On the evidence of this Albert Hall run, full of material from his recent albums, he has done to himself what he has always done to his songs. Reinvention may be a cliche, but this alone does not invalidate it. He even enjoys himself more visibly than I have ever seen on four previous showings – two of these in the unsuitable barn-like settings of the Wembley and Earls Court arenas.
Leaving his guitar alone seems to have helped. Unencumbered by this, he sort of dances during the longer instrumental breaks. It’s not exactly Jagger or Jackson, but these things are relative; if you’re as minimalist as he in your patter, then a raised arm here, a little kick of his slender legs beneath the long black jacket there, and we’re talking virtual gyration. The tiny gestures make the audience go wild, in a suitably self-aware, well-heeled professional sort of way.
Actually, no; let your eye range broadly round the great tiered space and there’s all sorts; sure, the glinting bald foreheads and grey ponytails, all a-Bob, but also kids. Again, these things are relative, and yet I could see loads of rapt lookers and listeners who were probably the grandchildren rather than the children of people whose old LP covers from Freewheelin’ onwards had been an intriguing childhood presence.
Towards the end of the set, he puts in a couple more heavyweights; Sick of Love, all yellow with emotional autumn, and Pay In Blood, one of those frequently tagged apocalyptic. Fair enough: “Our nation must be saved and freed/ You’ve been accused of murder, how do you plead?/ I came to bury, not to praise/ I’ll drink my fill and sleep alone/ I pay in blood but not my own.” OK, Bob, we get the picture. When he shifts into this gear, he goes all Old Testament on us. We were troubled by this back in the Eighties, when he seemed to be doing little else, and we rather wrote him off, but now, with such a number sharing the evening with some divine skewed schmaltz, it’s palatable. And it’s rock ’n’ roll.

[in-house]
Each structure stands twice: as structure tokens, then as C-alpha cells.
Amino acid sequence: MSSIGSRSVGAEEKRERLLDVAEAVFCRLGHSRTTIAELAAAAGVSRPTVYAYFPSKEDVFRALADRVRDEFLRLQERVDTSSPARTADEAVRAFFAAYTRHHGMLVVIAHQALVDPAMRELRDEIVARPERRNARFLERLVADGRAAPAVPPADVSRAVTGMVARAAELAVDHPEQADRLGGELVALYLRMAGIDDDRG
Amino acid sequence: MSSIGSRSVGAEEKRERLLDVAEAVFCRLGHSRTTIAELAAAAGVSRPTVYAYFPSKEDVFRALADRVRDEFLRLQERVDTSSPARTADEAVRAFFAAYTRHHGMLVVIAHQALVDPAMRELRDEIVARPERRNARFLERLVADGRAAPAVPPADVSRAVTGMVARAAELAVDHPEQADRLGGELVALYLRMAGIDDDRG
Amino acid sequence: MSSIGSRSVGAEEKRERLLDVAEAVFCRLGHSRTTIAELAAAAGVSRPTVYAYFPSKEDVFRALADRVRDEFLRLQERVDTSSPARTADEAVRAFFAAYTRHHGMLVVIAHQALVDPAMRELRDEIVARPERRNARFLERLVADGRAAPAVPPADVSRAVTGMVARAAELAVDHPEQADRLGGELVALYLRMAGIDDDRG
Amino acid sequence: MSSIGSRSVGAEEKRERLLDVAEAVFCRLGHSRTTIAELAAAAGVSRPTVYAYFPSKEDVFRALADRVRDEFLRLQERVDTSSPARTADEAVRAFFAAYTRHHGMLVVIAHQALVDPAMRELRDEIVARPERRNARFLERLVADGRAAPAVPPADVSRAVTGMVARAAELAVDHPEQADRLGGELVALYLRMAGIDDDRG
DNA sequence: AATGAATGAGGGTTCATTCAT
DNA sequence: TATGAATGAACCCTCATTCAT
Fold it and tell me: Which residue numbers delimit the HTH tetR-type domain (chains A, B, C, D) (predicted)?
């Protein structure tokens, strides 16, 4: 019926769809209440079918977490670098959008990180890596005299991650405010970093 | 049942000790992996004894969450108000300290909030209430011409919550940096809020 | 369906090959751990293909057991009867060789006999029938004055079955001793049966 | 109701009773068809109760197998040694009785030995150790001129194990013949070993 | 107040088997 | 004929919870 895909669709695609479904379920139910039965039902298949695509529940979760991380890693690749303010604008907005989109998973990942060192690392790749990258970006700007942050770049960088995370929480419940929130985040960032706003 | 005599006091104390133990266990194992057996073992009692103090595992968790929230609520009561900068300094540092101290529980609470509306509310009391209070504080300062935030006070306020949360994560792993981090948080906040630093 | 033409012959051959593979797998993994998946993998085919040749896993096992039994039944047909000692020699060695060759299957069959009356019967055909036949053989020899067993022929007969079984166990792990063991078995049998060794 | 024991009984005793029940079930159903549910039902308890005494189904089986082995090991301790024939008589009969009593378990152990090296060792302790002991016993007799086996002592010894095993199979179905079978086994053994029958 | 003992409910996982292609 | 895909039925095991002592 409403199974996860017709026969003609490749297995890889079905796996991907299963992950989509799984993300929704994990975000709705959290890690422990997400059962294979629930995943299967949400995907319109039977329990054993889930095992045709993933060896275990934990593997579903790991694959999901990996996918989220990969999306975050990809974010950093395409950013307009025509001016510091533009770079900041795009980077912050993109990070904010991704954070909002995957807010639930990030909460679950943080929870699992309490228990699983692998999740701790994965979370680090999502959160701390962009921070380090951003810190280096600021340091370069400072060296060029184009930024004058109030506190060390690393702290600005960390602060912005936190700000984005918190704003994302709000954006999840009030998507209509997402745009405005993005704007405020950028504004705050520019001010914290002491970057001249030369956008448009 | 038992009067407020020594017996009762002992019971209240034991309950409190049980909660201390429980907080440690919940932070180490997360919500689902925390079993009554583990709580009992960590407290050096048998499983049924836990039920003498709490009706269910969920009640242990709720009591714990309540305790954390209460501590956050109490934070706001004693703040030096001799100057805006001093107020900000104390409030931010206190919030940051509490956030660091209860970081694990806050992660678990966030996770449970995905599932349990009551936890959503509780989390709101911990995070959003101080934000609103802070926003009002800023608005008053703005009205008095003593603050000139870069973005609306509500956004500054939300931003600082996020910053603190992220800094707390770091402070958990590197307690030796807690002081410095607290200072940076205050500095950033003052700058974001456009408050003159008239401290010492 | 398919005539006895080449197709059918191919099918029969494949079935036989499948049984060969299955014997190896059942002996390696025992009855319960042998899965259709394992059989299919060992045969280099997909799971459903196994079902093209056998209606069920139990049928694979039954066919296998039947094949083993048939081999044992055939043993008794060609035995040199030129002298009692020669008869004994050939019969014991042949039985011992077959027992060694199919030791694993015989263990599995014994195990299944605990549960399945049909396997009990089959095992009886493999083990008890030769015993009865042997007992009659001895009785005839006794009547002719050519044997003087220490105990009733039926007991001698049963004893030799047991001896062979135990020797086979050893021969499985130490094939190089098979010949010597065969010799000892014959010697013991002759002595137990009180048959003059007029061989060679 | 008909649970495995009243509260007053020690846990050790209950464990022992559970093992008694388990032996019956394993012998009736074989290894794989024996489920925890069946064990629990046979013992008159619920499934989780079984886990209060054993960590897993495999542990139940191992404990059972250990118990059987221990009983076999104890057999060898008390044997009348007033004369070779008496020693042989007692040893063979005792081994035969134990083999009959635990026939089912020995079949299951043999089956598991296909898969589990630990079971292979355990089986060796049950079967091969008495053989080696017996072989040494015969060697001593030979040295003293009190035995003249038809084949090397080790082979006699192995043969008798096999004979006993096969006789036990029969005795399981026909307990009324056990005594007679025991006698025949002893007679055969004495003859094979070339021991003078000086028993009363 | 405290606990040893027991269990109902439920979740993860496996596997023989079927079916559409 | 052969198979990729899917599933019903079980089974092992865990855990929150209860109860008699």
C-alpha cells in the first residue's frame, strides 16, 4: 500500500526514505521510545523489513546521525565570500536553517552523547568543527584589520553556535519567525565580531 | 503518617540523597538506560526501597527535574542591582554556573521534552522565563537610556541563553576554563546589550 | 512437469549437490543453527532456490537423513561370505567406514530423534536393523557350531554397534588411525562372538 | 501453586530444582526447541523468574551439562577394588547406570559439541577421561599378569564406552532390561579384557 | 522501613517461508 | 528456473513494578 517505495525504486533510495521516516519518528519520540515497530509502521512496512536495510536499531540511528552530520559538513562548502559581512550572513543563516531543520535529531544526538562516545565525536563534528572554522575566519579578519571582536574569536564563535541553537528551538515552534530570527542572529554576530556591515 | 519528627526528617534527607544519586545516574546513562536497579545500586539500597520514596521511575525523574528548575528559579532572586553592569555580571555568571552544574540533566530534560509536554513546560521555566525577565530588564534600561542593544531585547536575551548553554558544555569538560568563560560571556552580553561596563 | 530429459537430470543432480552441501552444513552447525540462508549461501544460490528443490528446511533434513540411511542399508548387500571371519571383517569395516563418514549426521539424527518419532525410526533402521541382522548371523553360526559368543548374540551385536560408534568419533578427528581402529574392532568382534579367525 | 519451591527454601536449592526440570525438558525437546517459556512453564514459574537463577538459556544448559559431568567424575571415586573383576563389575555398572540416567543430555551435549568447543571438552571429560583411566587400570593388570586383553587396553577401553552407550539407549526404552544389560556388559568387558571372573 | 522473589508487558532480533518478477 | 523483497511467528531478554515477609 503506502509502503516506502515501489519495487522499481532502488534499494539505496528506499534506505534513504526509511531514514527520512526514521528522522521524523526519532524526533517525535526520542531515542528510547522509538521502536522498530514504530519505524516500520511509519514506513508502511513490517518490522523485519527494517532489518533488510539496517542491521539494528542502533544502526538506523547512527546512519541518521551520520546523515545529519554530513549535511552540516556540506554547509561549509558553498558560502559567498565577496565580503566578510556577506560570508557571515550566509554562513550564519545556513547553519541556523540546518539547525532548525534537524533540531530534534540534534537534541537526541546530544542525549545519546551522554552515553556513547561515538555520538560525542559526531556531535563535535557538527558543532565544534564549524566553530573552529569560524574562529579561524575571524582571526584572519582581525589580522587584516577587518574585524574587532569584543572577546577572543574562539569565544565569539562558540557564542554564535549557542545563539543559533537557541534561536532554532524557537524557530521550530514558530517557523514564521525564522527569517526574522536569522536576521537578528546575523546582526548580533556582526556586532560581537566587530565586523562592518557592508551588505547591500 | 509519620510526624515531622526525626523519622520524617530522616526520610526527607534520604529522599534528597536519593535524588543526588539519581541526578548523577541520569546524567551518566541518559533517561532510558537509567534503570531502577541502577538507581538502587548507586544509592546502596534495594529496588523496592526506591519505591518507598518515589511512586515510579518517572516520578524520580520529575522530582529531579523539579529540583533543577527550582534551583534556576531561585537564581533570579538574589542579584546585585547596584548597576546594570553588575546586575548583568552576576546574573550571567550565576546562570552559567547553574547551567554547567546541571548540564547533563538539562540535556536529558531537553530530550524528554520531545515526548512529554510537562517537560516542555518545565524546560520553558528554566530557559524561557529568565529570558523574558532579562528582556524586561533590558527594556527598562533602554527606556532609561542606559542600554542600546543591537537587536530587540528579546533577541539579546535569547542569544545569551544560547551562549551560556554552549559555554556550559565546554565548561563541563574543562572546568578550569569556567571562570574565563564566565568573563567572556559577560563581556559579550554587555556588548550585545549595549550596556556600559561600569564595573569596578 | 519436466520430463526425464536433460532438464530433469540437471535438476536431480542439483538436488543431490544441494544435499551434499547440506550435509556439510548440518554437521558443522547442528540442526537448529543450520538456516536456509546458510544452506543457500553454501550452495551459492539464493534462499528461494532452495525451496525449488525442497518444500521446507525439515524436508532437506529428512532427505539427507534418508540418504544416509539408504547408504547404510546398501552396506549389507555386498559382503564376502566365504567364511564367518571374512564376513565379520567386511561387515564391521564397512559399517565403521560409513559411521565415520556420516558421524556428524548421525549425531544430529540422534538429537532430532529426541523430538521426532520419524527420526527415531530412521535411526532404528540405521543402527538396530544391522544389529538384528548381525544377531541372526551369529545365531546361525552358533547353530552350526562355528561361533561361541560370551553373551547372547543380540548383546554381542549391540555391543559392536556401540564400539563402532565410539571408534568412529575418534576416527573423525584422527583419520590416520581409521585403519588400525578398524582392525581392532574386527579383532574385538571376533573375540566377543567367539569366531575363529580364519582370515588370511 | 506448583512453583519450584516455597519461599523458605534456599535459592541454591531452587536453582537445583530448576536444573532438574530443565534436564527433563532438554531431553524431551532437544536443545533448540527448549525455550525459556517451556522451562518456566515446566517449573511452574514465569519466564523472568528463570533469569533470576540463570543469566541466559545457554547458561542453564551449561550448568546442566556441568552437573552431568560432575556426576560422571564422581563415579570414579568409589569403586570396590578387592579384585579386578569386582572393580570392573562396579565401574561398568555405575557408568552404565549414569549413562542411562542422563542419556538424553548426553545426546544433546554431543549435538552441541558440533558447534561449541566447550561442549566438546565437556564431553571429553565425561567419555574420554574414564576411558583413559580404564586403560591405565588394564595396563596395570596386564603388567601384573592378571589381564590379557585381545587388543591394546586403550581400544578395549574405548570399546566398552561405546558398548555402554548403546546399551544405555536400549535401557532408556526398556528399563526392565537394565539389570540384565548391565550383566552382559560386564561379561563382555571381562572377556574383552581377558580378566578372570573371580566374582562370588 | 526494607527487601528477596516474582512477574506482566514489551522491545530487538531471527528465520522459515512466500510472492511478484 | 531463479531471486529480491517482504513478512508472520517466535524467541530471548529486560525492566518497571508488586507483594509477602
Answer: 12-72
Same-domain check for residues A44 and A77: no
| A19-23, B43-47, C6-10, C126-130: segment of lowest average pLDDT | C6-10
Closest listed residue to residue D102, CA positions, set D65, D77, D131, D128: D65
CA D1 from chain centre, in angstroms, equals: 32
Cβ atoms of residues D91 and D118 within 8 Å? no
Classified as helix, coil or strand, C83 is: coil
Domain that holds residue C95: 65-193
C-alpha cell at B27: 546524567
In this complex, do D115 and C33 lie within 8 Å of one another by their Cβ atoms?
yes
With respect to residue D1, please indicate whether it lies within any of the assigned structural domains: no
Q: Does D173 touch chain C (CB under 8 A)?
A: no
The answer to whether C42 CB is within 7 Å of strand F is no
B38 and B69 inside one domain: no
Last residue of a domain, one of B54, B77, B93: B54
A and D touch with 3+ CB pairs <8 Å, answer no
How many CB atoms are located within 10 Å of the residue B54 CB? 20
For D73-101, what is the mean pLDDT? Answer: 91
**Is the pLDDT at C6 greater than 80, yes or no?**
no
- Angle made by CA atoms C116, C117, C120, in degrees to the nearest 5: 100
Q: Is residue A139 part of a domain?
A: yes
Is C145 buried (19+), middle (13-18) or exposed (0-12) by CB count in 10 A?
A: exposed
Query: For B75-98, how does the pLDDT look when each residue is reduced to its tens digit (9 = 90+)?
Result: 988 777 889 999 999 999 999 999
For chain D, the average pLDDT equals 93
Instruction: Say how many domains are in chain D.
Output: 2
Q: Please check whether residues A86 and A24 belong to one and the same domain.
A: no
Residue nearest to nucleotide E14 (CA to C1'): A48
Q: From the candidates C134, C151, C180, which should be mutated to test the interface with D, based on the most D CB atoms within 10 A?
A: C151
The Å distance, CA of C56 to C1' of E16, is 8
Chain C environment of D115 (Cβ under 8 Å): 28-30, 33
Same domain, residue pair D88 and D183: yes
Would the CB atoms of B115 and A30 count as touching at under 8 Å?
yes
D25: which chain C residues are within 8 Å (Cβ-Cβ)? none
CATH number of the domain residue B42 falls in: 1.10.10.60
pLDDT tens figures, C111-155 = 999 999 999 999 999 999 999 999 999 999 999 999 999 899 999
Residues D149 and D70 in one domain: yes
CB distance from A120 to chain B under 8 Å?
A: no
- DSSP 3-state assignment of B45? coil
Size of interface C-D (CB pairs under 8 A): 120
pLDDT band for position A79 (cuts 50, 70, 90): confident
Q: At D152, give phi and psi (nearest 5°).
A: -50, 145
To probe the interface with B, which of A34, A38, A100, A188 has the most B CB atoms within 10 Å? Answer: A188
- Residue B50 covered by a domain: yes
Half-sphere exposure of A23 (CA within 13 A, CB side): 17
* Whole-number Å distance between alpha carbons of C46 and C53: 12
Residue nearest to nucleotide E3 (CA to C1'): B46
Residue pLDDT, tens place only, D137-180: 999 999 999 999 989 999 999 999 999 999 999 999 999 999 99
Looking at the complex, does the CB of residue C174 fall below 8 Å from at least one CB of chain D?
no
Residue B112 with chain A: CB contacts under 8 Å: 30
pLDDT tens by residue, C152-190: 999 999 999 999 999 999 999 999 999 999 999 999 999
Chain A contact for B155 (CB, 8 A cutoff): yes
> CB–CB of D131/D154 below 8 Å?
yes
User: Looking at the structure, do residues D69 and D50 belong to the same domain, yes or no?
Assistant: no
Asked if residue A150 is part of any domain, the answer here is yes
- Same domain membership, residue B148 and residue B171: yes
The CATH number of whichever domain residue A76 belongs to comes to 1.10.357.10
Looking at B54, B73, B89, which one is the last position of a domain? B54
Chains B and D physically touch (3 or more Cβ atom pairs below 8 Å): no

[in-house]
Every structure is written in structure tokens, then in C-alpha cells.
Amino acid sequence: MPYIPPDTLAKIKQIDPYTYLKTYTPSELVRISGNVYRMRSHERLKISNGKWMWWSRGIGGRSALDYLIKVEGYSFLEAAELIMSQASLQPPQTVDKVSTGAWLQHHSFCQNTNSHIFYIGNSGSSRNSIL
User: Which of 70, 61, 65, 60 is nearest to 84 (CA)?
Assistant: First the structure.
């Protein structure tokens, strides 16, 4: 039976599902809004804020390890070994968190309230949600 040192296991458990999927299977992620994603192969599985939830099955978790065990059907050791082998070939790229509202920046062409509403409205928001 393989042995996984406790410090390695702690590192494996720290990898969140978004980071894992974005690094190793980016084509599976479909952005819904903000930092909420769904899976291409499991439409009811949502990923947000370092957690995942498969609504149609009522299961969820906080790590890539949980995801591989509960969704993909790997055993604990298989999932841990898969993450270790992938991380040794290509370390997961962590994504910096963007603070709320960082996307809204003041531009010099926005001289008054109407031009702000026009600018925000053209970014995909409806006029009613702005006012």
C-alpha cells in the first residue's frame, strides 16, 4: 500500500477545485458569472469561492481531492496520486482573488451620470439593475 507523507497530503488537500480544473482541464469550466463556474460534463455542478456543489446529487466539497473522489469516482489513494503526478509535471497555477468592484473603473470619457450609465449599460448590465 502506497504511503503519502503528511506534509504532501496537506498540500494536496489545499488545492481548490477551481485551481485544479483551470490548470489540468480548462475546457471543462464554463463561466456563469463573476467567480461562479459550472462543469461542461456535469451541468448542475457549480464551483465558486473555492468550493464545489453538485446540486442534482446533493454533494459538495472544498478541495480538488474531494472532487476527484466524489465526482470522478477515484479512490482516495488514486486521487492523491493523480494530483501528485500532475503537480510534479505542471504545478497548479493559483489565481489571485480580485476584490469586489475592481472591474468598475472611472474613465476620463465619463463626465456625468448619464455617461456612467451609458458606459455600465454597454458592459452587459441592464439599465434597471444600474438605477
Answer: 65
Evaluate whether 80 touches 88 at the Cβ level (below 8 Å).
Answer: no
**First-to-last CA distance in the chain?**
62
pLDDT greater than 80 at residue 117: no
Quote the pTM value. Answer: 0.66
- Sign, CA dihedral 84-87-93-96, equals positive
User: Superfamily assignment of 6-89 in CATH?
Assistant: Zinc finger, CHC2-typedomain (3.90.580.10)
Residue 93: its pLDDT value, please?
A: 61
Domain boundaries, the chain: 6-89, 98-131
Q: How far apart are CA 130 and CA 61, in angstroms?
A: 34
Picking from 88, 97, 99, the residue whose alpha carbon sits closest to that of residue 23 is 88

And there he is, one moment a sardonic old trouper refusing to be cast as his own tribute band, next a thunderous rabbi, toxic with incantations. It, and he, might be quite funny if both were not also so serious. Wherever, however this marriage was made, long may it last.
Next year will mark the fiftieth anniversary of his infamous Manchester concert, when a man in the audience, outraged by the presence of Dylan’s highly amplified backing band, yelled ”Judas!” Surely it’s only a matter of time before someone stands up and calls out ”Jesus!”
Review by Alan Franks
Bob Dylan is one of the most influential and celebrated artists in the history of popular music, having sold over 100 million records worldwide and winning countless awards over a career spanning six decades.
This return to the Hall comes following the release of Dylan’s chart-topping 2015 album Shadows in the Night, a collection of covers of pop standards made famous by Frank Sinatra.
Wednesday 21st to Sunday 25th October 2015
Ends (approximately): 9:45pm